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Experiencing 'The Venice of the North'

Travel all the way to Italy to experience a place with canals instead of roads? Boats instead of cars? A place where the postman delivers the mail by punt (a Dutch type of boat)? Not necessary, since the Netherlands is home to 'Little Venice’: Giethoorn. 

A typical Giethoorn landscape. (Get Your Guide
Giethoorn is a village in the province of Overijssel of only 2620 inhabitants and it is known for its boat-filled waterways which are a true tourist attraction (watch their promotional video here). Who doesn't want to visit a town with its own place on the international version of Monopoly! The village, next to being a huge international (Chinese) tourism hotspot, has a rich history as well. Early settlers in Giethoorn started digging for peat, leaving many holes that filled themselves with water over time, creating lakes and canals of varying sizes. In order to transport the peat from one place to another, the villagers decided to make use of boats. The means of transportation that once used to be a necessity, is now adeptly - or perhaps authentically? - exploited as a tourist attraction.The village’s slogan, ‘Ontdek en beleef Giethoorn!’ ('Discover and experience Giethoorn!'), reflects the consumption of culture through tourist engagement. Obviously, to fully 'discover and experience' Giethoorn, renting a boat for a guided boat tour is a must. "Experience itself has become a commodity" (Jensma) in Giethoorn, but how does this clash with the lived reality of the 'true Giethoorn citizens'? How do their experiences of Giethoorn as an 'authentic' Dutch town differ from that of the tourists?

Tourists in boats enjoying the Giethoorn canals in the Summer (ATP) 
The phenomenon of 'experiential cultural tourism' is not exclusive to Giethoorn. According to Dr. Richard Prentice, former professor of Tourism at the University of Strathclyde, this type of tourism has been around for decades. Originally an elite form, the 1970s saw a shift, or expansion, towards the 'middle classes' of a predominantly Western world. Driven by a curiosity to see how others live, 'or have lived,' and, most importantly, to experience and participate in the 'other' culture (Prentice, 2001). The tourist no longer wants to observe a 'show', or 'view' artefacts but wants to proffer 'authenticity' and undergo the 'non-tourist' tourist experience. Museums, tourism agencies, and heritage sights such as Giethoorn have learned to cater to these needs by promising tourists the chance to 'discover', 'explore,' and uncover the 'mystery' of their authentic sites. Authenticity can be promoted by offering a direct experience, such as a boat tour on the Giethoorn canals, which is "so peaceful, so different and has such simple beauty that it hardly seems real – gently gliding along small canals past old but pretty thatched-roof farmhouses" (Giethoorn Tourism). Yet, also by offering origin stories (the local museum, "'t Olde Maat Uus"), 'learned authenticity' (guided tours!), stretching the harmony between culture and nature, and 'place-branding' ('Venice of the North'). Authenticity is co-created with the individual tourist, who him- or herself judges and defines how 'authentic' the experience ultimately feels (Prentice, 2001).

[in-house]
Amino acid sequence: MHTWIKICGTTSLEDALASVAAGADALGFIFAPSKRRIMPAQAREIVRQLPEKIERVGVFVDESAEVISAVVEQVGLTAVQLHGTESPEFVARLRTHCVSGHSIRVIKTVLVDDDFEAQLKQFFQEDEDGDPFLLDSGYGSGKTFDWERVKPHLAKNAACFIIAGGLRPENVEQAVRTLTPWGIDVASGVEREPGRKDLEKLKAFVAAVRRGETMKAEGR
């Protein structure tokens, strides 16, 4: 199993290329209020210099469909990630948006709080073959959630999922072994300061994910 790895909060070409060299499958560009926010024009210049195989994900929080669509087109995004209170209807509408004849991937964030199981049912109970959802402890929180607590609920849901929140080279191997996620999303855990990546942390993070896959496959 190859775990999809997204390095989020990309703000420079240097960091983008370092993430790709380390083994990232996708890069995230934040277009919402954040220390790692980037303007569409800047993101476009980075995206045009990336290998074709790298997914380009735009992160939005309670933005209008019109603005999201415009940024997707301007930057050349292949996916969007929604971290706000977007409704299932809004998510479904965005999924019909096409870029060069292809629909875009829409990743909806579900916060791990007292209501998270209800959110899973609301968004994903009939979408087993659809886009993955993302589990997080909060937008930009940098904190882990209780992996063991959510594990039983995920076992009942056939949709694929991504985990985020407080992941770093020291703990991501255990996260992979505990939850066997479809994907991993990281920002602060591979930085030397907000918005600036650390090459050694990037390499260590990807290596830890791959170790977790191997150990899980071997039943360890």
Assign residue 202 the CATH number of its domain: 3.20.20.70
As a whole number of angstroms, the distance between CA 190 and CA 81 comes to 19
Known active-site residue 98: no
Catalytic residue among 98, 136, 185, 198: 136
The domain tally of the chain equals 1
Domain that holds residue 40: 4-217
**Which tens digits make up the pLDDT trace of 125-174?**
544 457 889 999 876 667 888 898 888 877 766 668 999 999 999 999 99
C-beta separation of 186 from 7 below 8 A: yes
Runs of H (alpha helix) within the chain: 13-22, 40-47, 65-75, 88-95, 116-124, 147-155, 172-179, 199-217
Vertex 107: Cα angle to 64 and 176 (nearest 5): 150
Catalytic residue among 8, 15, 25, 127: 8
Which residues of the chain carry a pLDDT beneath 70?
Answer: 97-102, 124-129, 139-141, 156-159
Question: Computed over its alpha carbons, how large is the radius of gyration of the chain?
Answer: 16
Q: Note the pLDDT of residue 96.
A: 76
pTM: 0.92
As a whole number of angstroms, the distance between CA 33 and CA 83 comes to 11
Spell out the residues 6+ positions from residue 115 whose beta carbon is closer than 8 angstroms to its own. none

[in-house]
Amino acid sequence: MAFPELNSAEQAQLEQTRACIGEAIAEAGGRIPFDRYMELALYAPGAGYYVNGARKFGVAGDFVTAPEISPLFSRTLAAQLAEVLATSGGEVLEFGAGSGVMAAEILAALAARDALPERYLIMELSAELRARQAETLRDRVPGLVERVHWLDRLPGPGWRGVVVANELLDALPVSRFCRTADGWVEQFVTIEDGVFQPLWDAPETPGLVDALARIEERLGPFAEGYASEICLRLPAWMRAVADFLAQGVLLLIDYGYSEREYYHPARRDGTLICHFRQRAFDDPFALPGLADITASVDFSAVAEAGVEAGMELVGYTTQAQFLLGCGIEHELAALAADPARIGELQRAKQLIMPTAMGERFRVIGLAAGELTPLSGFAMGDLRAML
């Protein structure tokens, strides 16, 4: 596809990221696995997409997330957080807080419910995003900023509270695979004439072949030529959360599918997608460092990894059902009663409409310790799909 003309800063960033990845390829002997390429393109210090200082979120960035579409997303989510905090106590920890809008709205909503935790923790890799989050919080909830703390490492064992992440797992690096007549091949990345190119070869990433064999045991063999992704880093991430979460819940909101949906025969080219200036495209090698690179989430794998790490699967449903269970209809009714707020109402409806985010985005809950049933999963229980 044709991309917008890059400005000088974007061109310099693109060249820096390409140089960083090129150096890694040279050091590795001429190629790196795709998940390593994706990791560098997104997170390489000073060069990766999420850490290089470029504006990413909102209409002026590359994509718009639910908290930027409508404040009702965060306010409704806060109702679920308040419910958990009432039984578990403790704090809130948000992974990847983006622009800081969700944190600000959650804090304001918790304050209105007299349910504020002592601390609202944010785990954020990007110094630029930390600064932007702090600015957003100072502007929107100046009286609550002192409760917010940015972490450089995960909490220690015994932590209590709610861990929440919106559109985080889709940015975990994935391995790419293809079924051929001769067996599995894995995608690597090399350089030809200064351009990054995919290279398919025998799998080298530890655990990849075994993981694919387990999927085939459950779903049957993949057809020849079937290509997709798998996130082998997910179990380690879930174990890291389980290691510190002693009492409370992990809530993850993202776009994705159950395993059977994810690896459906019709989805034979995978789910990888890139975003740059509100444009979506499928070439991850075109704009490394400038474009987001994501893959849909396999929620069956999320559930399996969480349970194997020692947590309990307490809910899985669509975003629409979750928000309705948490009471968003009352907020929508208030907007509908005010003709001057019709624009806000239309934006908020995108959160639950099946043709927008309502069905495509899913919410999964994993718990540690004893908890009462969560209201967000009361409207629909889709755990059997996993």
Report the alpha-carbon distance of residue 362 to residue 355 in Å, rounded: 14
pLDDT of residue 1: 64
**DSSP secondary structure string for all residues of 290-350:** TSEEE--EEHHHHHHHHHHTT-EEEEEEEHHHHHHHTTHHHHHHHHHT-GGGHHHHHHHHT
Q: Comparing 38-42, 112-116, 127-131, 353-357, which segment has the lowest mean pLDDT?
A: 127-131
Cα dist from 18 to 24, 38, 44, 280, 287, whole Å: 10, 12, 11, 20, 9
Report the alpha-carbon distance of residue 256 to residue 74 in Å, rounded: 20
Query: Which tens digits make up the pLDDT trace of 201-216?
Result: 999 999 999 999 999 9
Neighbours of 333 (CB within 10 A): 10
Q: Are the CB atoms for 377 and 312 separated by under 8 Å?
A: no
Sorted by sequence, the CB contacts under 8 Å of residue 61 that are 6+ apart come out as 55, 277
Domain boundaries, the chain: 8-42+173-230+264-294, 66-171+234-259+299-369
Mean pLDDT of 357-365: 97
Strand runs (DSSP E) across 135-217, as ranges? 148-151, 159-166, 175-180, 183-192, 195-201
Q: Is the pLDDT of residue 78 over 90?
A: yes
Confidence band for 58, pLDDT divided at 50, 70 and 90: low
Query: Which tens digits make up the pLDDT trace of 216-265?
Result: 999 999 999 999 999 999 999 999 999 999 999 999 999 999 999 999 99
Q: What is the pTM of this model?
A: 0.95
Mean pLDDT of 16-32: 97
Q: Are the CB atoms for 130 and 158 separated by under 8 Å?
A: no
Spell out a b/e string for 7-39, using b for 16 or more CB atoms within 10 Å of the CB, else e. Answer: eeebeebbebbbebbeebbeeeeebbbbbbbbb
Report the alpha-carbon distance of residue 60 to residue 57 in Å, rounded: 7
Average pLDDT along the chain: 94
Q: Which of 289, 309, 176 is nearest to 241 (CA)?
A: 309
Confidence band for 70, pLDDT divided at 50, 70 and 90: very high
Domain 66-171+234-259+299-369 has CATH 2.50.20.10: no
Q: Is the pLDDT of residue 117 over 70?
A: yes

Multilingual information on renting boats. (NOS/Jikke Westerink
However, despite hundreds of thousands of tourists visiting Giethoorn each year, the Giethoorn community sometimes questions the benefits of the enormous influx of international tourists. A boatman remarked: "Tourists often think that the whole of Giethoorn is an attraction. They often ask me when it closes." Similarly, inhabitants complained of tourists walking around in their backyards; cars blocking emergency services in the case of a fire; and, overall confusion of rules on the water causing near-collisions and tourists getting lost. Yet, the Giethoorn people are accepting of the tourists and try to accommodate as best as they can, for examples by installing a 'Chinese bus station', or the local waiters learning some basic Chinese and adjusting their menu to the taste of tourists. Tours and boats are also fully built to make trips through the town as idyllic and comfortable as possible and translating nearly everything in other languages (NOS, 2017).

In spite of their accommodations and, generally, positive outlook on tourism, the community in Giethoorn is debating whether or not a 'tourist quota', is something that would benefit the 'tourist experience' and the lives of the townspeople. This is in line with the 'experiential tourism experience' dimensions of Richard Prentice, who names "lesser tourists" as a prerequisite for a more authentic experience. Do you think this 'quota' would indeed benefit the overall experience of 'authenticity' in Giethoorn? And, why do you think Giethoorn is so attractive for international tourists? In other words, what makes Giethoorn the 'Litte Venice' of the North?



Get Your Guide. "Giethoorn Tour en gratis 1-uurs Amsterdam Canal Cruise" Accessed 13 March 2018.

"Giethoorn" Giethoorn Tourism. Accessed 13 March 2018.

Jensma, Goffe: "Remystifying Frisia. Experience Economy along the Waddensea Coast."

NOS. "Giethoorn in wereldeditie Monopoly." News article. (19 March 2015). Accessed 12 March 2018.

Museum Giethoorn. "'t Olde Maat Uus". Museum Giethoorn. Website. Accessed 13 March 2018.